Iconic Dickens carolers spread harmonic Christmas cheer through Vail | VailDaily.com

Iconic Dickens carolers spread harmonic Christmas cheer through Vail

For more than 30 years now, the Vail Dickens Carolers have been an iconic part of the local holiday scene.

Clad in their Victorian costumes as they stroll the streets of Vail and pop into various pubs and restaurants, members sing Christmas cheer.

"It's fun to make other people's Christmas special," said Nancy Gamble, one of the charter members of the Vail Community Chorale, the carolers' official name. "We have been in so many people Christmas pictures over the years."

Three decades strong

The chorale got its start back in the late 1970s as a Colorado Mountain College course. Local music teacher Anne Lamb was the first director and Jon and Nancy Gamble were among the original students.

Ultimately the folks who signed up for the class decided they didn't need the formality of a course schedule and they formed the chorale. Early on they started caroling in Vail — adorned in Vail hats and scarfs.

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"No one took us seriously," Gamble said.

Then someone had the idea for the group to dress up in Victorian costumes. That made all the difference.

Today, the group has its own set of costumes, but in the early days the costumes were rented by a Front Range venue where the group performed.

"You never knew what you were going to get, costumewise," Gamble said.

One particularly notorious ensemble was the "Kermit suit" — a man's costume that featured a vibrant green hue.

A number of local seamstresses have been called into service to make costumes for the group and members have scored special deals over the years. Gamble recalled how she stopped by a Denver tuxedo shop one day and snagged a number of ruffled shirts and big bow ties that the shop no longer wanted.

The costumes are beautiful, but they do present some logistical challenges. It's hard to pack the group into a small space when the women are attired in hoop skirts and members seldom enjoy perfect temperature conditions.

"You can't dress for warm or cold. You have to dress for in-between," Gamble said.

Traveling chorus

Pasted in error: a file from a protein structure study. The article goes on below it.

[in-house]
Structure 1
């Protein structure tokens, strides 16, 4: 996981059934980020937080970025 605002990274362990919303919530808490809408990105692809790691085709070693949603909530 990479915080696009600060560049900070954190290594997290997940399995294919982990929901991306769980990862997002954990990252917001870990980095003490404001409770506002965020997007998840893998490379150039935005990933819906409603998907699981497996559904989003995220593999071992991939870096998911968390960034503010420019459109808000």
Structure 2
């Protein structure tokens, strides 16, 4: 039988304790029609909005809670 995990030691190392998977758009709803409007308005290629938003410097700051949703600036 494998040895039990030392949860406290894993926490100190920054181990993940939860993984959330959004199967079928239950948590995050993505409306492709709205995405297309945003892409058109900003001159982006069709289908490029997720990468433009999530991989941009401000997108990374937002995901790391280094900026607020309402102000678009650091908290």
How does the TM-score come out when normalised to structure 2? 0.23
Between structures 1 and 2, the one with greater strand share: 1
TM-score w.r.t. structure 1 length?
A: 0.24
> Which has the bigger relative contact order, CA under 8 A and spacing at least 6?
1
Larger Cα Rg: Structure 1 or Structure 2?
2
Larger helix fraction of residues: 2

Over the years the Vail Community Chorale has performed at the Phipps Mansion in Denver and the Stanley Hotel in Estes Park. The chorale has been booked as the entertainment for society events.

Today, the chorale sticks close to home. This week marks their most ambitious scheduling. Beginning Monday, Dec. 18, members will be caroling around Vail with special appearance planned Tuesday, Dec. 19, at 6:30 at the Vail Public Library and at 7:30 at Vistas. On Thursday, Dec. 21, at 7 p.m. the group will perform its annual concert at the Vail Interfaith Chapel.

It requires dedication to be part of the group. Rehearsals begin shortly after Thanksgiving and the group starts the holiday season by performing at the Minturn Markets. They also sing at the Edwards Chapel and the Eagle Senior Center during the course of the month.

Member Mary Cunningham has been singing with the chorale for more than 30 years. She had just moved to the valley her first year with the group and she was missing friends and family.

"It just made Christmas, Christmas for me," she said.

She also laughed and confessed one of the big reasons why she wanted to be part of the group.

"I originally joined the chorus because I wanted to wear the costume," Cunningham said. "It is a whole lot of fun."

Generational ties

While the Vail Community Chorale has a cadre of long-term members, the group continually welcomes new voices. Because they perform in bars, and at times accept the offer of libations, members must be 21 years old. The current roster spans from ages 23 to 88.

The chorale has become a generational tradition for many families. Gamble noted that all three of her sons sing with the group. When they head home for Christmas, they don their top hats and hit the streets to carol because they literally grew up singing the group's repertoire.

Chorale members need to learn approximately 25 songs from memory. "Carol of the Bells" is likely the group's most requested song. But "Silent Night" is Sheika Gramshammer's favorite and at their concert, the chorale performs Handel's "Hallelujah Chorus" and invites anyone who knows the piece to sing along.

Therein is the secret to the group's success — it's fun to sing with others and it's fun to hear your favorite seasonal music.

"It's fun to make everyone's Christmas," Gamble said.